The final act of the film is absurd, but thanks to a pretty funny epilogue, is somehow acceptable. Mainly, “Burt Wonderstone” wastes its strong comedic cast. The subject matter is a little outdated with traditional magicians and magic shows seemingly weaning in popularity. But perhaps even cloaked in irony, the goal of “Burt Wonderstone” is to reignite people to that type of entertainment.

Crazy, Stupid, Love

July 29, 2011 by  
Filed under Reviews

Starring: Steve Carell, Ryan Gosling, Julianne Moore
Directed by: Glenn Ficarra (“I Love You Phillip Morris”) and John Requa (“I Love You Phillip Morris”)
Written by: Dan Fogelman (“Tangled”)

Forget marriage counseling. If you really want to know the status of your relationship, pay attention to what’s happening under the dinner table during a romantic evening out. Playing footsies means there’s still some spark. Flatfooted and aloof? You might as well start drawing up those divorce papers.

At least that’s where loving husband and father Cal Weaver (Steve Carell) finds himself during the opening scenes of the surprisingly pleasant albeit conventional and ineffectively titled romantic comedy “Crazy, Stupid, Love.” There’s no footwork here. In fact, his wife and high school sweetheart Emily (Julianne Moore) fesses up to an affair and pulls the plug on 25 years of marriage. Screenwriter Dan Fogelman (“Tangled”) doesn’t give much explanation as to how their marital problems have reached criticality, but you know things are extremely broken.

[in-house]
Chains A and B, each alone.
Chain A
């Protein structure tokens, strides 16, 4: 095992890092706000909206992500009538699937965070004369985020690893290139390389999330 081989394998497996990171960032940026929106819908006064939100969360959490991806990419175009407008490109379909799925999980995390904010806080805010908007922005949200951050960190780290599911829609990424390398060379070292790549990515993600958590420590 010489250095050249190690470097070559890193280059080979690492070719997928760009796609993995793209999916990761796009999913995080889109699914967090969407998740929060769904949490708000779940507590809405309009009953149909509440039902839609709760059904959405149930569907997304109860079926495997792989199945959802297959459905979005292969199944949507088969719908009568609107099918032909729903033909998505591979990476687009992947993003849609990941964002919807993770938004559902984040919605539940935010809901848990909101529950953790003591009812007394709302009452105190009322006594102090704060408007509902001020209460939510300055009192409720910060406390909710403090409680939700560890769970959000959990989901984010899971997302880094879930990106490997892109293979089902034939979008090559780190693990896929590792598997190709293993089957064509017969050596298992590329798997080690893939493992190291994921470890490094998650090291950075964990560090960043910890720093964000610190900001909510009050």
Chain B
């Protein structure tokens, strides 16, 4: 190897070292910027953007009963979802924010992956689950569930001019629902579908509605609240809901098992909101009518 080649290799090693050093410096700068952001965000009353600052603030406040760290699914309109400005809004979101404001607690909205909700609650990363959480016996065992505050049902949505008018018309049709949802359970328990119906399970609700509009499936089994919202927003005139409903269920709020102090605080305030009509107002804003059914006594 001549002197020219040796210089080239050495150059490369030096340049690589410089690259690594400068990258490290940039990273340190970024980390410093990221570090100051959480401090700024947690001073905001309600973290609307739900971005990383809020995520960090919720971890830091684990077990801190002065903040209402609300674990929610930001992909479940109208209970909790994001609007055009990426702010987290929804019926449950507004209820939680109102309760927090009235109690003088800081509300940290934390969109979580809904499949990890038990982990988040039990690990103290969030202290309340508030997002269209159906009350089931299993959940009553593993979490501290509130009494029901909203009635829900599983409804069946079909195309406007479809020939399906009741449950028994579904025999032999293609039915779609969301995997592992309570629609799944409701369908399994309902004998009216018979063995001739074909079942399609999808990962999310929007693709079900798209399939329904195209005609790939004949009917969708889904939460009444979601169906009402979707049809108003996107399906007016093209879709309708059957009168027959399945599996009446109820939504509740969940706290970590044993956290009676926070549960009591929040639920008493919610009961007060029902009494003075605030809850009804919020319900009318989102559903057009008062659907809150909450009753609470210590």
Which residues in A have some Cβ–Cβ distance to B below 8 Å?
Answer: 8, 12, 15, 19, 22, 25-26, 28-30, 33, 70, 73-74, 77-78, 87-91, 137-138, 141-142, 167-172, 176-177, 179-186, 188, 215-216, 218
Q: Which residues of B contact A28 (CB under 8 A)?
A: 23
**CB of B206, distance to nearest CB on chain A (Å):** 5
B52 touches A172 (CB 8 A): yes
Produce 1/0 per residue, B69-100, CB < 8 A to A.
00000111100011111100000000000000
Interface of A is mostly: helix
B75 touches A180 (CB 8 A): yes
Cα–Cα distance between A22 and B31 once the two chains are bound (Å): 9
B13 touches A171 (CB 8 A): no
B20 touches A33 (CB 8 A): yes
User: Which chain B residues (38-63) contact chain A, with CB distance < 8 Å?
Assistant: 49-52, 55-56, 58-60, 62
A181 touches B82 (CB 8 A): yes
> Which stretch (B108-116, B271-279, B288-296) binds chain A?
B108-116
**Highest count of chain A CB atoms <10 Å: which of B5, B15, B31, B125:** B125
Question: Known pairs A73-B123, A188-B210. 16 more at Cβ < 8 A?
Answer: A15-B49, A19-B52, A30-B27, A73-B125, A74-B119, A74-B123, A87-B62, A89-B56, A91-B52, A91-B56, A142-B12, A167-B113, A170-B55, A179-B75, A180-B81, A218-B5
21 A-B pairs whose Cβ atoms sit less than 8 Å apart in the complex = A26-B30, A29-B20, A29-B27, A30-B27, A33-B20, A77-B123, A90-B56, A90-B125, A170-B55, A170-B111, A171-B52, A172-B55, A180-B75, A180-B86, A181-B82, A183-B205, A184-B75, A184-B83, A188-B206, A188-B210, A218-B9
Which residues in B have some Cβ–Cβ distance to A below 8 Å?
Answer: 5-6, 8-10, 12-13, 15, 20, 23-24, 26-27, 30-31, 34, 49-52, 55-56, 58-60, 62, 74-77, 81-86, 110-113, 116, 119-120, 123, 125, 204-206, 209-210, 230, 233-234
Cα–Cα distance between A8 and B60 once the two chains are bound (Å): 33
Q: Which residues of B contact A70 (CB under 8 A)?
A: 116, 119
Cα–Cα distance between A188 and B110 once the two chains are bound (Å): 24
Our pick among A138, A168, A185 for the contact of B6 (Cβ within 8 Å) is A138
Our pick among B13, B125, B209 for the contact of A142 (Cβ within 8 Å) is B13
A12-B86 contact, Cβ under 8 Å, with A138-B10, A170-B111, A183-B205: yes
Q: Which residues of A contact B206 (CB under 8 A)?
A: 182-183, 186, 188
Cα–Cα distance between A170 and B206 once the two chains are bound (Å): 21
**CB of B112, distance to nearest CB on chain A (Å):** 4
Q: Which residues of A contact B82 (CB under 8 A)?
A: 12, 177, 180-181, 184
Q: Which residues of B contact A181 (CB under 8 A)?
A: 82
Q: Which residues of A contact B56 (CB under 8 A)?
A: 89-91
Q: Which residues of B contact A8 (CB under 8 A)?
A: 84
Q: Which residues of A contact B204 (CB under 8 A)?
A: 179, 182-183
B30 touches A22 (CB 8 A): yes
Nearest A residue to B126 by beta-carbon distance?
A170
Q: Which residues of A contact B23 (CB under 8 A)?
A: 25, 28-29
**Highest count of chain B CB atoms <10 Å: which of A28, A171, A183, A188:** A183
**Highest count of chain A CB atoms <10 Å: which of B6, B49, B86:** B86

Drowning his sorrows at a posh local bar,Calbecomes the pet project of smooth-talking ladies man Jacob (Ryan Gosling), who takes pity on him and his middle-aged lameness. Their goal (besides referencing “The Karate Kid” and inventing the verb “Miyagied”): to rediscover Cal’s manhood and – most importantly – get him laid.

Fogelman doesn’t end his matchmaking venture with Cal. As in 2003’s British rom-com “Love Actually,” the narrative in “CSL” is layered with smitten characters and sometimes-underwritten secondary storylines. Here, Cal’s 13-year-old son Robbie (Jonah Bobo) is infatuated with his babysitter Jessica (Analeigh Tipton) who actually has a crush on Cal; aspiring lawyer Hannah (Emma Stone) hopes her nerdy boyfriend (Josh Groban) will pop the big question before she falls prey to Jacob’s charm.

While clichés are no stranger to “CSL,” the all-star cast is able to class up the situations to make them feel as funny and original as possible. Most of the film’s emotion hinges on Carell’s dramatic turn now that he’s proven he can be both hilarious and poignant in dramedies like “Little Miss Sunshine” and “Dan in Real Life.” In CSL, Carell trades barbs with Gosling and tears withMoore, but through subtle dialogue and gesture.